North Highland Avenue, Highland Avenue, Boulevard and North Avenue will all be closed to vehicle traffic from 2 to 6 p.m. Rebecca Serna, president of the Atlanta Bicycle Coalition, which organizes the event, said 80,000 people are expected this year. Although, if the weather is good, that number could top 100,000 like last year.
This Atlanta Streets Alive will also emphasize “tactical urbanism,” Serna said, where volunteers and local organizations make inexpensive, quick improvements to the neighborhood during the afternoon. A temporary bus stop was built during the spring edition of Atlanta Streets Alive in West End (which still drew a decent crowd despite rain and a tornado warning).
There will also be “pop up bike lanes” along Highland to help ease the flow of traffic between those on wheels and pedestrians. The annual Bicycle Parade will also be held and event sponsor REI will set up its REI Village with tents, chairs, photo book, bike mechanic and a climbing wall.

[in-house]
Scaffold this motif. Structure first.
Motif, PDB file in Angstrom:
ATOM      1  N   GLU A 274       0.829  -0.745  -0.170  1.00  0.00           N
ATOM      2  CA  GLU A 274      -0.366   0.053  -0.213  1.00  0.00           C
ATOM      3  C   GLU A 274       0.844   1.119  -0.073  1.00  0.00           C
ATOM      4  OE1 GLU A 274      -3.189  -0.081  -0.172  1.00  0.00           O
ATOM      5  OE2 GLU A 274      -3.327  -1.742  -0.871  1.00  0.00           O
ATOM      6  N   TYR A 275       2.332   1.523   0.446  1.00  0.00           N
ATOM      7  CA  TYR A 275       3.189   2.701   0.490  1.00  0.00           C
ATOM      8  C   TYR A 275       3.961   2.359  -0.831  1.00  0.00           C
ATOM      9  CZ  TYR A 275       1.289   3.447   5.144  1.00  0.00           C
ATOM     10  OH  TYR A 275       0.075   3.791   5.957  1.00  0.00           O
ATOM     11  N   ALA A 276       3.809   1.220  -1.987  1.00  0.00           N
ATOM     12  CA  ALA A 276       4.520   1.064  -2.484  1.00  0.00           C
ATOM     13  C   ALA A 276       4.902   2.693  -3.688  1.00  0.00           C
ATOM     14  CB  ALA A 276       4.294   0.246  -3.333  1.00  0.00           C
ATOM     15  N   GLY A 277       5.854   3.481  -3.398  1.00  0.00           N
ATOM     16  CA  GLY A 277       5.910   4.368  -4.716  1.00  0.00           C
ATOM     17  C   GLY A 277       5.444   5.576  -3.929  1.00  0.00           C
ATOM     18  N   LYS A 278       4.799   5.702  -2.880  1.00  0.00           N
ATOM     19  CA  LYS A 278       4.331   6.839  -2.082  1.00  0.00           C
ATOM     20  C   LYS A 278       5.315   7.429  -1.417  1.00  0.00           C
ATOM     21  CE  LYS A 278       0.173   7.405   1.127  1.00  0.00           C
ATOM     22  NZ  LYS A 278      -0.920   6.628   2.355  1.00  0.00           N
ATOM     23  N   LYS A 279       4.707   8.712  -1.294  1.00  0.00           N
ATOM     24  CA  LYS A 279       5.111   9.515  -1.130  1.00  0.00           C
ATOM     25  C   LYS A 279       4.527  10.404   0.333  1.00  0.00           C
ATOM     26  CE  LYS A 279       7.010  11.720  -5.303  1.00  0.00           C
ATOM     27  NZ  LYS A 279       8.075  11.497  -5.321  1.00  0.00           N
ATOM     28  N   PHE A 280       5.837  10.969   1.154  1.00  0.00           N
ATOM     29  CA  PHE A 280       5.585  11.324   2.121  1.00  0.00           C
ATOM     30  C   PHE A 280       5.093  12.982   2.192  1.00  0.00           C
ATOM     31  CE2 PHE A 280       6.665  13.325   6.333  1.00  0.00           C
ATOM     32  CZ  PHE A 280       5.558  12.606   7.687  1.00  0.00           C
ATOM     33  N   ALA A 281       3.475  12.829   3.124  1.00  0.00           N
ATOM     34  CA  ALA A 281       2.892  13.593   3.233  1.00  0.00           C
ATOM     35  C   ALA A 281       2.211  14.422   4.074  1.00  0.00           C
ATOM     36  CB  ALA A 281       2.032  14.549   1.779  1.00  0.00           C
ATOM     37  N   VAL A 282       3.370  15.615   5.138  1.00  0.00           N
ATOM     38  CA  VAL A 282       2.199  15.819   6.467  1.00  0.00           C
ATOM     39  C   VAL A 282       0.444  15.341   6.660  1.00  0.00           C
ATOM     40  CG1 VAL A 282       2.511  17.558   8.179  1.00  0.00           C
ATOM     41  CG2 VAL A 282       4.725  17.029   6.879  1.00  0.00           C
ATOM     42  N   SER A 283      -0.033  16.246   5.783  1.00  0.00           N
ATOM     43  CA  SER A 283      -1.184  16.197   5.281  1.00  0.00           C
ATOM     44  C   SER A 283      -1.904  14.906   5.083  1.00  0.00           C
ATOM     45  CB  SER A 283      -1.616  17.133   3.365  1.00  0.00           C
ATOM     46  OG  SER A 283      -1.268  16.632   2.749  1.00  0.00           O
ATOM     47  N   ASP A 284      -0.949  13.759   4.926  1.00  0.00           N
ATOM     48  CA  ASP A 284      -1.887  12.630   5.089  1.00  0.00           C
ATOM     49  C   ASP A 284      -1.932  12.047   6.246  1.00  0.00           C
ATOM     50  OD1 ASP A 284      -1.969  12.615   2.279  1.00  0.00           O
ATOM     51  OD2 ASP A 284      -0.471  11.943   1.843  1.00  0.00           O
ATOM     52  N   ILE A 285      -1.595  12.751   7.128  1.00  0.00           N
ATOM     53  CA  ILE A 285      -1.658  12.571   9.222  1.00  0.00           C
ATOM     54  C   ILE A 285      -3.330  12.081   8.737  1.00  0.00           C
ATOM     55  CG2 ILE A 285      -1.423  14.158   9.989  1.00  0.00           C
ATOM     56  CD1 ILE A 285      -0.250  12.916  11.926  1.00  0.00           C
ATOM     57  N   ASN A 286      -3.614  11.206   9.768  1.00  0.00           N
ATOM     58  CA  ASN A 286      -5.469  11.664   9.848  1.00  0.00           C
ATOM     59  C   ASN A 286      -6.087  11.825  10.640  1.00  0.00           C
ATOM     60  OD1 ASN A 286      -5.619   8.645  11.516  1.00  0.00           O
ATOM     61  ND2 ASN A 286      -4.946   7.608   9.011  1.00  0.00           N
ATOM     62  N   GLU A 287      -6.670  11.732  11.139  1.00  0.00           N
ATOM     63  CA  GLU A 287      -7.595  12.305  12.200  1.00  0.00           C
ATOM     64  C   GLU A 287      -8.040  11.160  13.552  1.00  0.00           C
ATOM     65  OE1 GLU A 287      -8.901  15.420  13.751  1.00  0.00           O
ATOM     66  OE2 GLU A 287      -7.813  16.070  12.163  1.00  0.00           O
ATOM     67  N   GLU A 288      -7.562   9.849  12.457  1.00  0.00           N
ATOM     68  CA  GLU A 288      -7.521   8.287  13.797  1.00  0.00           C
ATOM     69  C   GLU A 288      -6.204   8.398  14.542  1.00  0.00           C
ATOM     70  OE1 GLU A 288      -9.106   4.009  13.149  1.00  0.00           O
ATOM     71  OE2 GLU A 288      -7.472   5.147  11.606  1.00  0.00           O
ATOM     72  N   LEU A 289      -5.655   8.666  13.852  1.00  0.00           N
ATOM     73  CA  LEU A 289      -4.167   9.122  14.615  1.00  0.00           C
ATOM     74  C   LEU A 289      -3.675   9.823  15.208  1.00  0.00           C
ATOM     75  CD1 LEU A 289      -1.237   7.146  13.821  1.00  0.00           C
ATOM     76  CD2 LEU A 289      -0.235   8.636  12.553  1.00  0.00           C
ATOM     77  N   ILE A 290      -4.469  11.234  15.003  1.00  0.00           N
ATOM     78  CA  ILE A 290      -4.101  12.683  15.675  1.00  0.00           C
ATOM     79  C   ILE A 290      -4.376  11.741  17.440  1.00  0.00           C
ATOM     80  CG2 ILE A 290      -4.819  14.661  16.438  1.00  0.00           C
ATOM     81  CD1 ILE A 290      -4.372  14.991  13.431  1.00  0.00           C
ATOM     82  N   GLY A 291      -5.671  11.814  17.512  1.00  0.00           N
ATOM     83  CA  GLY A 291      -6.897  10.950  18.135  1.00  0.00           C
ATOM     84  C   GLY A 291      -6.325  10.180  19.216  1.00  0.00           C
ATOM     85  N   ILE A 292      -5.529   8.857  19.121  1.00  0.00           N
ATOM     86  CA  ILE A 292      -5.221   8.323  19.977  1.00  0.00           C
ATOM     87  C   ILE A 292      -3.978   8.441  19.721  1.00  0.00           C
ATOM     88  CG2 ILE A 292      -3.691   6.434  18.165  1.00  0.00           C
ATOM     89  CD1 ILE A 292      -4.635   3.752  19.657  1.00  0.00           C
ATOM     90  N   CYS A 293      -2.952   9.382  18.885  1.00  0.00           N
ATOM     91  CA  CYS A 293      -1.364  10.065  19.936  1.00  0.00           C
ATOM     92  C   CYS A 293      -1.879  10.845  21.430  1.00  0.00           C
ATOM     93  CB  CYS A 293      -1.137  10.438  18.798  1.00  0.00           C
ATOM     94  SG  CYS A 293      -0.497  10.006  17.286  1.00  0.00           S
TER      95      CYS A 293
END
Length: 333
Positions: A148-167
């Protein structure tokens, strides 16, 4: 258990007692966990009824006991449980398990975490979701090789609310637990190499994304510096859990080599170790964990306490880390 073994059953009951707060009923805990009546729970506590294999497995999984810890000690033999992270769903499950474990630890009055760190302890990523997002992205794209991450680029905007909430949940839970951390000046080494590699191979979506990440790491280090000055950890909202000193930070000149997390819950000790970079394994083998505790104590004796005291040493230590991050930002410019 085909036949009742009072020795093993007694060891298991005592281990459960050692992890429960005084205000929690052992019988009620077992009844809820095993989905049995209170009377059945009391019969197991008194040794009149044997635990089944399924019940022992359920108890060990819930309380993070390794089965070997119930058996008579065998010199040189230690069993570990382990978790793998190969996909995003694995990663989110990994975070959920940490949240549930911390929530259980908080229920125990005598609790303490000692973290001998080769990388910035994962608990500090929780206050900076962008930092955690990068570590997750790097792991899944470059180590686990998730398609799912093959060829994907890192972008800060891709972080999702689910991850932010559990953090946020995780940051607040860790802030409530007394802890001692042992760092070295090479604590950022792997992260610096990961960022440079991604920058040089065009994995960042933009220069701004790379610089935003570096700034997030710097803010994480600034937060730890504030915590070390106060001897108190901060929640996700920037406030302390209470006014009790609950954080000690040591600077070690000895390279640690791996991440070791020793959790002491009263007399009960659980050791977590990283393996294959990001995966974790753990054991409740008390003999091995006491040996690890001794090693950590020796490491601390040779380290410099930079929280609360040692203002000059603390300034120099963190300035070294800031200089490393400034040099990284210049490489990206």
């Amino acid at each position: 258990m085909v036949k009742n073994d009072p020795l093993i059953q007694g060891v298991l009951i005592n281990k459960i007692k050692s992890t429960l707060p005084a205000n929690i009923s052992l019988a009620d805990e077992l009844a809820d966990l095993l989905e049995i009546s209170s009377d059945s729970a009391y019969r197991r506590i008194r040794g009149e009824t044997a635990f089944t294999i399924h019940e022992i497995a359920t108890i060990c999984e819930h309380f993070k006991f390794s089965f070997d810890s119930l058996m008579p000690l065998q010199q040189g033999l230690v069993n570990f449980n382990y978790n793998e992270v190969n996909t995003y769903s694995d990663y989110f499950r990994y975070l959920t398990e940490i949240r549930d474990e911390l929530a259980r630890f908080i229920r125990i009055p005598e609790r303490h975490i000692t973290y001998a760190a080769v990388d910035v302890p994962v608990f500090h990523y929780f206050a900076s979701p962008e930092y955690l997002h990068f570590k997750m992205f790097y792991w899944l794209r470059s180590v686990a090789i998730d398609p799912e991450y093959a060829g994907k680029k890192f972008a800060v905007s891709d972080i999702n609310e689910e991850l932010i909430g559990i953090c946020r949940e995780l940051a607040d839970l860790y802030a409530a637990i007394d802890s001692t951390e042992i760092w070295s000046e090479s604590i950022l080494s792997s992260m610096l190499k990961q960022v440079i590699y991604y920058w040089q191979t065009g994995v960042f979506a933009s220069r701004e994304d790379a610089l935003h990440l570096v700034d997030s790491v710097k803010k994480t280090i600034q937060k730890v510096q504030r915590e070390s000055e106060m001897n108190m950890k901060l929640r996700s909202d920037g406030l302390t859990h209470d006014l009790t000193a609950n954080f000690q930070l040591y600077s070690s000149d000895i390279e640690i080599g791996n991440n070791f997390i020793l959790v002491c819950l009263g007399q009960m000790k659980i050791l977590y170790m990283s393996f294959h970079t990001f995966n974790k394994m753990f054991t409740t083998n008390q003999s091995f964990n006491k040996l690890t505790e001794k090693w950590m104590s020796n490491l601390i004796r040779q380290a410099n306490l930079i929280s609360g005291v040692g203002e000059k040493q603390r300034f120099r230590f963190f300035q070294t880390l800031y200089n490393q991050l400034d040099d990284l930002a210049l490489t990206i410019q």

There will be plenty of food, demonstrations and activities along the route. The National Street Summit will be in town that same weekend, with organizers from around the world learning how to create “open streets,” and there will also be promotion on the forthcoming Bike Share program in Atlanta.
Atlanta Streets Alive recently received a $250,000 grant from the city and plans to add a fourth event in 2016, Serna said.
The final event for the year will be held on Oct. 25 on Peachtree Street from Midtown to Downtown.
For more information, visit atlantastreetsalive.com.